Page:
Since September 2008, Venezuela and the US have not had official diplomatic relations. Attempts to repair relations in June broke down when Samantha Power characterized Venezuela as a “repressive regime” during her Senate confirmation hearings to become US ambassador the United Nations (UN).
The CELAC held a two-day summit in Havana, Cuba, on January 28-29 that included government leaders from 33 Latin American and Caribbeans nations included in the CELAC as well as observers from several international organizations, including José Miguel Insulza, the Secretary General of the Organization of American States, and Ban Ki-moon, the Secretary-General of the UN. The summit ended with Cuban President Raúl Castro reading a 16-page declaration that described the region as a “zone of peace” and covered issues ranging from the eradication of poverty and hunger to criticism of the US economic embargo against Cuba and its inclusion of Cuba on its list of state sponsors of terrorism.
In response to the declaration, a US State Department spokesman speaking under anonymity referred to the organization’s final declaration as “particularly inexplicable” and stated that the US is “disappointed that the CELAC, in its final declaration, betrayed the region’s outspoken commitment to democratic principles, as it endorsed the single-party system in Cuba.”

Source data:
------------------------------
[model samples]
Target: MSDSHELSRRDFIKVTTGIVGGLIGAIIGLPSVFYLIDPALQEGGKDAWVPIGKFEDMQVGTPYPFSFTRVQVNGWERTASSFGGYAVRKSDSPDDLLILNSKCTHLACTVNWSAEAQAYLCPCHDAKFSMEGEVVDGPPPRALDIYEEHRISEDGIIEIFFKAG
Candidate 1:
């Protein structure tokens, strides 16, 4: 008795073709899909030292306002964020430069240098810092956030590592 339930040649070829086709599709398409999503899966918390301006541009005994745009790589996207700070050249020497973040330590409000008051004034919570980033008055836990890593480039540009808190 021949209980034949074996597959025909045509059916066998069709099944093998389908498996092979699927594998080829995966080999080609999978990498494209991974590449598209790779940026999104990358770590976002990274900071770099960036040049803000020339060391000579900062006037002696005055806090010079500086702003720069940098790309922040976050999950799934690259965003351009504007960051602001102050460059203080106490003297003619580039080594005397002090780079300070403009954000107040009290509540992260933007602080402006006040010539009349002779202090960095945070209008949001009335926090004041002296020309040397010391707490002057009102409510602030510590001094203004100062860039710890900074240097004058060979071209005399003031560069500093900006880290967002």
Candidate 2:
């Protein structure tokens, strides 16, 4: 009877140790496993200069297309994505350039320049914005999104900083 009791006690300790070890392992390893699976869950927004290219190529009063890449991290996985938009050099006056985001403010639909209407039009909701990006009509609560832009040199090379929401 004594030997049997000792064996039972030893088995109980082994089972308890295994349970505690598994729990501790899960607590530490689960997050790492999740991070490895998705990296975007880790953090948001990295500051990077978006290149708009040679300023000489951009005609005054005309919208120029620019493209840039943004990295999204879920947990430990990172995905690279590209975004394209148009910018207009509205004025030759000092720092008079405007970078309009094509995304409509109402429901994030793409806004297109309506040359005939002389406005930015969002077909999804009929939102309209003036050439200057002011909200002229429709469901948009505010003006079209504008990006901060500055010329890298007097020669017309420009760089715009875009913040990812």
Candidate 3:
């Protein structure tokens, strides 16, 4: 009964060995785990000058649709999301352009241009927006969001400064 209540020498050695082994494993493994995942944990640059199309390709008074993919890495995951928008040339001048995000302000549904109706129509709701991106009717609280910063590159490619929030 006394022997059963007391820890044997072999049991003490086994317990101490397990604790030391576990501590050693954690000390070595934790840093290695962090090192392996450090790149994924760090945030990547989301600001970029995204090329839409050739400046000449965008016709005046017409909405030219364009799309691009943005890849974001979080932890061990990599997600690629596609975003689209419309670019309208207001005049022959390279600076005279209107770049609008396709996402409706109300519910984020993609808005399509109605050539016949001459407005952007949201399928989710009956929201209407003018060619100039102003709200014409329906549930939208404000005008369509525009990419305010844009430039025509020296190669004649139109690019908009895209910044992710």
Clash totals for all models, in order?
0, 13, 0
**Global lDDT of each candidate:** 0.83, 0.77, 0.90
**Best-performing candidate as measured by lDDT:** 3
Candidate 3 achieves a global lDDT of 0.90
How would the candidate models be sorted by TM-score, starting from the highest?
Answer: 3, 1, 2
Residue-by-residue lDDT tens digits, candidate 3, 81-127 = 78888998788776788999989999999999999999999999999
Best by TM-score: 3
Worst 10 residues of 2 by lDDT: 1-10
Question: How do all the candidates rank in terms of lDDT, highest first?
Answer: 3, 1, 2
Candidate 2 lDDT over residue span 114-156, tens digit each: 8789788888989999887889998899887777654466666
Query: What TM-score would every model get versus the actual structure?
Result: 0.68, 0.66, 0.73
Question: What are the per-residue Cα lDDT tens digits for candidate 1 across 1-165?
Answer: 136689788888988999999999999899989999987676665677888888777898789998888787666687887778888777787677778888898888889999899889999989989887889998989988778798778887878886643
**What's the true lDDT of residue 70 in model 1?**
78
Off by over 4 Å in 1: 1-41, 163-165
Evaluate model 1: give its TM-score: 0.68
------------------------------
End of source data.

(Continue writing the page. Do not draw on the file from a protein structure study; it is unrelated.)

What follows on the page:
On Cuban television, President Nicolás Maduro responded to the US, stating that the ”bitterness in the declaration of the State Department, who insolently tells a continent that we are” traitors,” they should swallow their statement, because Latin America will continue its course in peace, with tranquility, and in diversity and a unified way.”
On Friday January 31, representatives from over 40 non-governmental organizations (NGOs) submitted a bill for the Law of Equal Civil Marriage in Venezuela to the Venezuelan National Assembly (AN). The bill aims to legalize marriage between two individuals regardless of their sex and/or gender identity, allowing them to receive the rights that heterosexual marriages receive. The bill has received over 20,000 signatures and has been endorsed by several AN deputies, including Tania Díaz, Eduardo Piñate, Carlos Sierra, and Eduardo Lima, and several governors, including Adán Chávez, the governor of Barinas and former President Hugo Chávez’s brother.
Currently, Article 44 in the Venezuelan Civil Code establishes that the state recognizes marriages only between one man and one woman. Due to pressure from within the hierarchy of Venezuela’s Catholic Church, the Venezuelan Constitution also does not specifically mention the rights of citizens on the basis of sexual orientation, but states that all “types of discrimination because of political reasons, age, race, creed, sex or any other characteristic is prohibited.”